The nature of the early life immune modulation and identity of microbial agents that influence B-ALL progression remain unknown. In the absence of clear associations between specific pathogens and B-ALL risk, timing of infection exposure has emerged as a key outcome variable.22 In addition, an influence of early life microbial colonization on B-ALL progression has been suggested from mouse model studies.24 Because viruses are both significant components of the early microbiome25 and pathogens associated with childhood B-ALL progression,26-28 here we examined the response of B-ALL cells to double-stranded RNA (dsRNA), which is generated during infections by most families of virus.29 Our results reveal that virus-associated signaling can induce either expansion or depletion of human B-ALL as well as murine B-ALL and LICs, with the outcome being influenced by the specific pattern recognition receptor (PRR) pathways activated and the maturity of the responding immune system.
The Eμ-Ret mouse model of precursor B-ALL (generously provided by Stephan Grupp, University of Pennsylvania, Philadelphia, PA) was maintained on a BALB/c background (Jackson Laboratory, Bar Harbor, ME) through in-house breeding.30 Both male and female mice were used in all experiments. Primary human B-ALL cells were freshly isolated from patient-derived xenografts (PDXs) established by tail vein injection of diagnostic B-ALL bone marrow (BM) samples in NOD.Cg-Prkdcscid/IL2rgtm1Wjl/SzJ (NSG) mice (Jackson Laboratory). Fully engrafted mice were euthanized, and human B-ALL cells were isolated from the spleen and BM. Experiments were conducted in accordance with a University of British Columbia Animal Care Committee–approved protocol (A19-0197).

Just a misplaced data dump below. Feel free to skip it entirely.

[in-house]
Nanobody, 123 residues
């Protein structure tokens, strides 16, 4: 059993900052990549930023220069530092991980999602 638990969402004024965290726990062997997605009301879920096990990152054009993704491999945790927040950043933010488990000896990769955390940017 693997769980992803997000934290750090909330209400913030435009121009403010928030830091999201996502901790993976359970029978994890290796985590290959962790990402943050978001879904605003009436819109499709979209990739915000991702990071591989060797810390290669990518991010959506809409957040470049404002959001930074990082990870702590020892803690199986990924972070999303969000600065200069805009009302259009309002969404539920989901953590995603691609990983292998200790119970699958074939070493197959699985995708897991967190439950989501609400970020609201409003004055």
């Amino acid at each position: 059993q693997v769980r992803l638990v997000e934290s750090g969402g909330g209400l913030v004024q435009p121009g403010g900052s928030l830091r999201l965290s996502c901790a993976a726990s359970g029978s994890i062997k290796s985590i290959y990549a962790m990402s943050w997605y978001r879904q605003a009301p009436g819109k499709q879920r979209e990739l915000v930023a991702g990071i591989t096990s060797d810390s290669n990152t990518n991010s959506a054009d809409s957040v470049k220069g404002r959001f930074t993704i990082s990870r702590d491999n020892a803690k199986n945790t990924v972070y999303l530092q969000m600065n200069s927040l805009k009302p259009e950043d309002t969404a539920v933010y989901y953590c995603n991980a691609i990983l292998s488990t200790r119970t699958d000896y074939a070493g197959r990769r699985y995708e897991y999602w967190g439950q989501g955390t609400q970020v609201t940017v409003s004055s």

Patient-derived B-ALL samples
Cryopreserved BM samples, collected at the time of initial diagnosis from pediatric patients with B-ALL, were obtained from the BC Children’s Hospital Biobank. Clinical characteristics for each patient are shown in supplemental Table 1. Informed consent from human participants was obtained in all cases in accordance with the Declaration of Helsinki, and the study performed under a University of British Columbia Children’s & Women’s Research Ethics Board-approved protocol (H17-01860).
Single-cell suspensions from neonate and adult mouse spleen and BM were stained with the following fluorochrome-conjugated antibodies: B220 (RA3-6B2), BP-1(6C3), CD43(S7), CD24 (M1/69), CD19 (6D5), CD117 (ACK2), CD25 (PC61), immunoglobin (IgM [RMM-1]; BioLegend, San Diego, CA), and CD43(S7) (BD Biosciences, San Jose, CA). For in vitro assays, Eμ-Ret LIC and B-ALL cells were stained using B220 (RA3-6B2), BP-1 (6C3), CD19 (1D3), and 7-AAD (BioLegend). E2A-PBX1 transgenic mouse-derived leukemia cells were identified based on their green fluorescent protein expression.31 B-ALL cells from patients were identified using fluorochrome-conjugated antibodies for CD19 (HIBI9), CD45 (HI30), HLA-A,B,C (W6/32), and 7-AAD (BioLegend). Data from in vitro assays were acquired on Accuri C6 or FACSymphony A1 cytometers (BD Biosciences), whereas data from in vivo experiments were acquired on a BD LSRII or BD Fortessa cytometer (BD Biosciences). Data were analyzed using FlowJo software v10.8 (BD Bioscience) using established gating strategies (supplemental Figures 1 and 2). For all experiments, specific cell subsets were quantified using CountBright Absolute Counting Beads (Invitrogen, Carlsbad, CA). For flow cytometric sorting of LICs, single-cell suspensions from Eμ-Ret mouse spleen or BM were stained with fluorochrome-conjugated antibodies for B220 (RA3-6B2), BP-1 (6C3), CD19 (1D3), and 7-AAD (BioLegend). LICs (CD19+/B220int/BP-1hi) were purified using MoFlo Astrios EQ cell sorter (Beckman Coulter Inc, Brea, CA).